Jahn, Octave aka Octavio 1869-1917

Octave Jahn
Octave Jahn

A short biography of French anarchist Octave Jahn, active in France, Belgium and Switzerland and a participant in the Mexican Revolution.

Submitted by Battlescarred on December 17, 2007

“A fervent propagandist of libertarian communism” - Max Nettlau

“A prototype even of the young anarchist of the heroic period of the movement” - Gaetano Manfredonia

Octave Jahn was born on 10 February 1869 in Cherbourg, France.

He started work as a telegraphist at the age of 15 and took part in the first strike in this sector. His father threatened to send him to a reform school because of this, so he left home and took shelter with the anarchist journalist Séverine.

In 1886, he took part, with the anarchist carpenter Joseph Tortelier and others in founding the Ligue des Anti-patriotes and the paper L’Avant-Garde Cosmopolite and was an animator of Les Jeunesses Antipatriotes.

In 1890 he was involved in a cross border Congress of Swiss and French anarchist groups which led to the foundation of the Federation International de Revendications Prolétariennes. He was the author of at least one chanson, Les Pieds Plats, named after a group of the same name, which specialised in swindling restaurant owners in Paris.

Because of repression against the anarchist movement, he crossed the border to Belgium, where he took part in the miners’ strike of May 1897 in the Hainaut basin. During strike meetings at Verviers he marked himself out by the fierce and revolutionary tone of his speeches. He was arrested and condemned at Mons to two and a half years in prison. After this, he became an extremely active anarchist propagandist, despite many arrests and several stretches in prison, moving around France, North Africa, Switzerland, England and Spain, where he lived until 1909.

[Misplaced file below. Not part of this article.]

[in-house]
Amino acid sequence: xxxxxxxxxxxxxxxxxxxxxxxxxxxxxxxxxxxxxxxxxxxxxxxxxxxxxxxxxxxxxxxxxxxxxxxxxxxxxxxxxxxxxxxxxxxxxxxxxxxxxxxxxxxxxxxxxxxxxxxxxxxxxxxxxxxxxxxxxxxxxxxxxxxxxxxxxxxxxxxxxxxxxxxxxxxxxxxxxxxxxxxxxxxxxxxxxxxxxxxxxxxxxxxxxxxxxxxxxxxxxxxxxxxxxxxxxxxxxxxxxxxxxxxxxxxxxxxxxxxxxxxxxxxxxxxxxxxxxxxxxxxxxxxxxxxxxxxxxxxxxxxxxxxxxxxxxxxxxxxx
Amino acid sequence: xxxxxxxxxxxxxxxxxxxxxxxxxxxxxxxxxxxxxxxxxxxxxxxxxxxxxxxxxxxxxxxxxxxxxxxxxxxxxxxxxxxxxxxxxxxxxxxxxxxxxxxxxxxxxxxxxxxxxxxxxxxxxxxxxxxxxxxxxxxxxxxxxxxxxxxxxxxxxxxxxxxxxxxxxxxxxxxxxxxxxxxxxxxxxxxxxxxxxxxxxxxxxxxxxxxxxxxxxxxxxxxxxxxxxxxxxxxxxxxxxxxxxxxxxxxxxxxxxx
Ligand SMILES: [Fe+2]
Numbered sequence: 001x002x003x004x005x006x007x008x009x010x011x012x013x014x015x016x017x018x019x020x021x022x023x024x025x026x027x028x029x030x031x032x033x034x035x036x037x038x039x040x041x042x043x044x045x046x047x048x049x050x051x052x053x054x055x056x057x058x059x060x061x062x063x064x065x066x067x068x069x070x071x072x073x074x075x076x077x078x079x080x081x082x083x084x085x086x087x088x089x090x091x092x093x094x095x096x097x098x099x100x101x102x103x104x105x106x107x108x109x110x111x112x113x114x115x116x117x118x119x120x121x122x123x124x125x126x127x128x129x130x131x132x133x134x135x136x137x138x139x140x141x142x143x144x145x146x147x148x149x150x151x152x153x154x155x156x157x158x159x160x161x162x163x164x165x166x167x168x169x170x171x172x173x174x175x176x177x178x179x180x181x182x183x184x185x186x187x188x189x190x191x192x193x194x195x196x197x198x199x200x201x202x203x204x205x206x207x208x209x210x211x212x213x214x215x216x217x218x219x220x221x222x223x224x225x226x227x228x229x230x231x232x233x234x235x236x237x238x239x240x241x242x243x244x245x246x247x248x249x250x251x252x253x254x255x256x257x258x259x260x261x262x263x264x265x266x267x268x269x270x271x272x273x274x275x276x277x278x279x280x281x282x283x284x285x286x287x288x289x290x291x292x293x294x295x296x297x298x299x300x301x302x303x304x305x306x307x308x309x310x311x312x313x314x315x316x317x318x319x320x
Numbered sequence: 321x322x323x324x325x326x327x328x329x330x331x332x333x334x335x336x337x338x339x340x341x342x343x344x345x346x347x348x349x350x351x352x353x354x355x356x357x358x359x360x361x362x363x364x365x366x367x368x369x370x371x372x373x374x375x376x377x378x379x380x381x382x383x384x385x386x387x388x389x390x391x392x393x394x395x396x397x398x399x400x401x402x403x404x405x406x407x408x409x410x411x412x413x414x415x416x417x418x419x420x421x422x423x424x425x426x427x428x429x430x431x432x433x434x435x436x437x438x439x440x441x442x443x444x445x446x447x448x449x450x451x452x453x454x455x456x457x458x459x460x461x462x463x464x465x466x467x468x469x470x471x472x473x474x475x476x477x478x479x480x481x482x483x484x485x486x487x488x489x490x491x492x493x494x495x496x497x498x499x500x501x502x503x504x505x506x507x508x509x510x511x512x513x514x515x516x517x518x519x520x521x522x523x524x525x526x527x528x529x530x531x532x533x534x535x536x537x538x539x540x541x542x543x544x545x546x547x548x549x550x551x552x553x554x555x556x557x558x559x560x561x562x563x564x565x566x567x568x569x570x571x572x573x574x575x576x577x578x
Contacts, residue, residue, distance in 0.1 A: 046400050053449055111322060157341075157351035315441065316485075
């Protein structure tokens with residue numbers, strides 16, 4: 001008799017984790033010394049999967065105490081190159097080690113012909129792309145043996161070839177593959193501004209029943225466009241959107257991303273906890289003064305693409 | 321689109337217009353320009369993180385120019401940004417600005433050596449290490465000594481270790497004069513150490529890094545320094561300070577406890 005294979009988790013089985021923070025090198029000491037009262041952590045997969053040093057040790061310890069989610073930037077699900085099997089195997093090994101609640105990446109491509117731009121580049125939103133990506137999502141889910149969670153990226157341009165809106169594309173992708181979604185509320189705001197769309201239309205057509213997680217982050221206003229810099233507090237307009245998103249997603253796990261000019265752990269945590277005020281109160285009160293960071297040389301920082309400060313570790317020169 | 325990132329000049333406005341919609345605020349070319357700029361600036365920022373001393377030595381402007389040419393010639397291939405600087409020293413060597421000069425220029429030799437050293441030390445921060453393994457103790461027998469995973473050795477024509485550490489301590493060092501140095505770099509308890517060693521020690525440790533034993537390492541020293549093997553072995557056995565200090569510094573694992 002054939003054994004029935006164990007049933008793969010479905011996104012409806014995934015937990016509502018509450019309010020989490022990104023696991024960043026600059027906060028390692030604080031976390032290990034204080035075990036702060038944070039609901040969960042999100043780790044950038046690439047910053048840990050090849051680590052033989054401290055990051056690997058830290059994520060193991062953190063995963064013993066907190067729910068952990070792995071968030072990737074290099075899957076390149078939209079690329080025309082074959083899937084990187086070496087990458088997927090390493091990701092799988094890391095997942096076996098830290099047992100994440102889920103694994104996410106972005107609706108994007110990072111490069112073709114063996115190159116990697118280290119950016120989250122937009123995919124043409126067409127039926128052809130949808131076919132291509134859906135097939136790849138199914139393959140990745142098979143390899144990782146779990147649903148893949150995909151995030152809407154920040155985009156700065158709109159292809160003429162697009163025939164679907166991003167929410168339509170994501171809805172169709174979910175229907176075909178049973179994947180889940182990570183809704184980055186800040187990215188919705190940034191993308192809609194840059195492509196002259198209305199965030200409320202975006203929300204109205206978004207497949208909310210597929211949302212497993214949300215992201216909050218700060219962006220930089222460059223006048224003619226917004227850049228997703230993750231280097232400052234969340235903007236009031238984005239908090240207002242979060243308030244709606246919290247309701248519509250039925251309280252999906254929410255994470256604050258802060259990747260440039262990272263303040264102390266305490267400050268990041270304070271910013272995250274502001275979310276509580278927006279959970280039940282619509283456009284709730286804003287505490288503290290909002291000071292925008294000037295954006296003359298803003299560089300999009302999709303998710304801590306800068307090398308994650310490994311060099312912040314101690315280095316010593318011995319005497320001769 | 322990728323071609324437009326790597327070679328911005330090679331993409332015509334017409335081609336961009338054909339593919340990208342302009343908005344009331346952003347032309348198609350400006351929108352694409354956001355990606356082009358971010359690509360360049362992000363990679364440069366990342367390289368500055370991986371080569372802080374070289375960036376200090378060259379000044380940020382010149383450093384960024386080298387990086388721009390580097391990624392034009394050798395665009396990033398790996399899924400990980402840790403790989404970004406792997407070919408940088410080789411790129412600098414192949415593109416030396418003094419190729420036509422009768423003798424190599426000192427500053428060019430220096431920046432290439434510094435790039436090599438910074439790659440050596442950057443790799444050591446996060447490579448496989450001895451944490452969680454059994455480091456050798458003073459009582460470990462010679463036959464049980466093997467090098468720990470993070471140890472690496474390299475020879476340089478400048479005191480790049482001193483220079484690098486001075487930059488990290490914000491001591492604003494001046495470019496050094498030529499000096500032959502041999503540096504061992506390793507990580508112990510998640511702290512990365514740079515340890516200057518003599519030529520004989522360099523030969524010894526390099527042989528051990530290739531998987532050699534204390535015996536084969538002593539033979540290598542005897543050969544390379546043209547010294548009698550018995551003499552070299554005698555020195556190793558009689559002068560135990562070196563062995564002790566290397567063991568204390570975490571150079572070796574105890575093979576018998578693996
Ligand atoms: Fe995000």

At Valencia he edited the anarchist papers La Cuestion Social and Controversia. He formed a relationship with the anarchist Salud Borras, daughter of the anarchist Martin Borras.

They then left for Mexico where they took part in the revolution. He was involved in the agitation initiated by the Casa del Obrero Mundiacorrect l, an anarcho-syndicalist organisation agitating amongst the urban workers of Mexico City.

In May 1914 Octave was one of the few urban anarchists like Diaz Soto y Gama to ally themselves with the Zapata movement in Morelos as a result of a flight from the forces of General Huerta in Mexico City. In 1915, he was one of the founders of a rationalist school based on the educational principles of Francisco Ferrer, the Rationalist Cultural Centre.

He was sent by the Casa to do work in Guatemala, as well as several visits to Europe, including one as delegate of a union involved in the Casa. He was a correspondent for various anarchist papers, including the paper CQFD of Sébastien Faure, to which he contributed a series on the Mexican Revolution.

He died in Mexico City on 9 June 1917.